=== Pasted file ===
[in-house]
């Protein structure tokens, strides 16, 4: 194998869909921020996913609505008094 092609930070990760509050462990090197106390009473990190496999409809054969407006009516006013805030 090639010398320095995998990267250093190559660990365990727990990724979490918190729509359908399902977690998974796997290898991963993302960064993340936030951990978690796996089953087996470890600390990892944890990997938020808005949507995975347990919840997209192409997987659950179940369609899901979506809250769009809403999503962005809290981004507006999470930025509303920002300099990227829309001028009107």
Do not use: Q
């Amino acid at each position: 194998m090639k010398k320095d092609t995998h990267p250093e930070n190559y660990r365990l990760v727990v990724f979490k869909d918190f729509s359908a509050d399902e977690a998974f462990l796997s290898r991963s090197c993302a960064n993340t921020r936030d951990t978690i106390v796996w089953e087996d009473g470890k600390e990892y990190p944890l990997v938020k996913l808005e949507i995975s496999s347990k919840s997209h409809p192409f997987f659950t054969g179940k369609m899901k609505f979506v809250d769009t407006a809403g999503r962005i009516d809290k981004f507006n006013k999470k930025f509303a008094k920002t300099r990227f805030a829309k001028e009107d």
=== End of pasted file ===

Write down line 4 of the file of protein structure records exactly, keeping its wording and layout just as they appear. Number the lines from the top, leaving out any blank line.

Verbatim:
């Amino acid at each position: 194998m090639k010398k320095d092609t995998h990267p250093e930070n190559y660990r365990l990760v727990v990724f979490k869909d918190f729509s359908a509050d399902e977690a998974f462990l796997s290898r991963s090197c993302a960064n993340t921020r936030d951990t978690i106390v796996w089953e087996d009473g470890k600390e990892y990190p944890l990997v938020k996913l808005e949507i995975s496999s347990k919840s997209h409809p192409f997987f659950t054969g179940k369609m899901k609505f979506v809250d769009t407006a809403g999503r962005i009516d809290k981004f507006n006013k999470k930025f509303a008094k920002t300099r990227f805030a829309k001028e009107d």